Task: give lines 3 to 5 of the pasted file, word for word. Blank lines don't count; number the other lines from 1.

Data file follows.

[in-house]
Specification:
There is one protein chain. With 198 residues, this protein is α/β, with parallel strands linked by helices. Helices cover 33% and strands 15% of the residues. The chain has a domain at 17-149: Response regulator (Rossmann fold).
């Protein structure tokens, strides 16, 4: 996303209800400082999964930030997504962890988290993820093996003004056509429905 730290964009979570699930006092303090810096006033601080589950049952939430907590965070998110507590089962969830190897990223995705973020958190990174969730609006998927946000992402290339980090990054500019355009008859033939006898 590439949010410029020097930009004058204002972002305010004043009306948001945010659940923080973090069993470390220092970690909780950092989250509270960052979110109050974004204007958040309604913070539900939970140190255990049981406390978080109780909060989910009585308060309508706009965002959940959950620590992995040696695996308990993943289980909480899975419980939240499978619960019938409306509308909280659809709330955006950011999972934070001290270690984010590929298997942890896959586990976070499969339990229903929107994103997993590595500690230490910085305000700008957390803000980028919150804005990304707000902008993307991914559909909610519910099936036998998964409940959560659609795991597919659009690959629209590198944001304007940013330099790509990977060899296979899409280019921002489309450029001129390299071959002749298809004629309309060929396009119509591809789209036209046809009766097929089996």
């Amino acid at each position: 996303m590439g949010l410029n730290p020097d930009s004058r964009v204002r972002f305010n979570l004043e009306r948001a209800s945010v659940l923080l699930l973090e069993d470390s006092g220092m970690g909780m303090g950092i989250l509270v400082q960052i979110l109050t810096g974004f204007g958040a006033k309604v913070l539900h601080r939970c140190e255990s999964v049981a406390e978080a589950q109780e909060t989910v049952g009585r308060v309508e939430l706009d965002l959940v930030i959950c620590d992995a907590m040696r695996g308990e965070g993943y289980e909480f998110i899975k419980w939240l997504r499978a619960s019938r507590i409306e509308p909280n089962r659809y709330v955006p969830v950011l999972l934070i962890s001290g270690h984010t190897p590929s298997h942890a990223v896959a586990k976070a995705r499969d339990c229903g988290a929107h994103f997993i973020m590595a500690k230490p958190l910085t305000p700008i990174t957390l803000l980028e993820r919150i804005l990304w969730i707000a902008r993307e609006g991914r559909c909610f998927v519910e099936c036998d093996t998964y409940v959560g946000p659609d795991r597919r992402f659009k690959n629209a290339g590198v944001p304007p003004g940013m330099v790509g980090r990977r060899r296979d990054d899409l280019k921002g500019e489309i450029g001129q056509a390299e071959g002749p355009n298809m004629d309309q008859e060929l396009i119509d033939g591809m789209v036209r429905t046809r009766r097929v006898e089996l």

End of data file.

There is one protein chain. With 198 residues, this protein is α/β, with parallel strands linked by helices. Helices cover 33% and strands 15% of the residues. The chain has a domain at 17-149: Response regulator (Rossmann fold).
């Protein structure tokens, strides 16, 4: 996303209800400082999964930030997504962890988290993820093996003004056509429905 730290964009979570699930006092303090810096006033601080589950049952939430907590965070998110507590089962969830190897990223995705973020958190990174969730609006998927946000992402290339980090990054500019355009008859033939006898 590439949010410029020097930009004058204002972002305010004043009306948001945010659940923080973090069993470390220092970690909780950092989250509270960052979110109050974004204007958040309604913070539900939970140190255990049981406390978080109780909060989910009585308060309508706009965002959940959950620590992995040696695996308990993943289980909480899975419980939240499978619960019938409306509308909280659809709330955006950011999972934070001290270690984010590929298997942890896959586990976070499969339990229903929107994103997993590595500690230490910085305000700008957390803000980028919150804005990304707000902008993307991914559909909610519910099936036998998964409940959560659609795991597919659009690959629209590198944001304007940013330099790509990977060899296979899409280019921002489309450029001129390299071959002749298809004629309309060929396009119509591809789209036209046809009766097929089996």
């Amino acid at each position: 996303m590439g949010l410029n730290p020097d930009s004058r964009v204002r972002f305010n979570l004043e009306r948001a209800s945010v659940l923080l699930l973090e069993d470390s006092g220092m970690g909780m303090g950092i989250l509270v400082q960052i979110l109050t810096g974004f204007g958040a006033k309604v913070l539900h601080r939970c140190e255990s999964v049981a406390e978080a589950q109780e909060t989910v049952g009585r308060v309508e939430l706009d965002l959940v930030i959950c620590d992995a907590m040696r695996g308990e965070g993943y289980e909480f998110i899975k419980w939240l997504r499978a619960s019938r507590i409306e509308p909280n089962r659809y709330v955006p969830v950011l999972l934070i962890s001290g270690h984010t190897p590929s298997h942890a990223v896959a586990k976070a995705r499969d339990c229903g988290a929107h994103f997993i973020m590595a500690k230490p958190l910085t305000p700008i990174t957390l803000l980028e993820r919150i804005l990304w969730i707000a902008r993307e609006g991914r559909c909610f998927v519910e099936c036998d093996t998964y409940v959560g946000p659609d795991r597919r992402f659009k690959n629209a290339g590198v944001p304007p003004g940013m330099v790509g980090r990977r060899r296979d990054d899409l280019k921002g500019e489309i450029g001129q056509a390299e071959g002749p355009n298809m004629d309309q008859e060929l396009i119509d033939g591809m789209v036209r429905t046809r009766r097929v006898e089996l």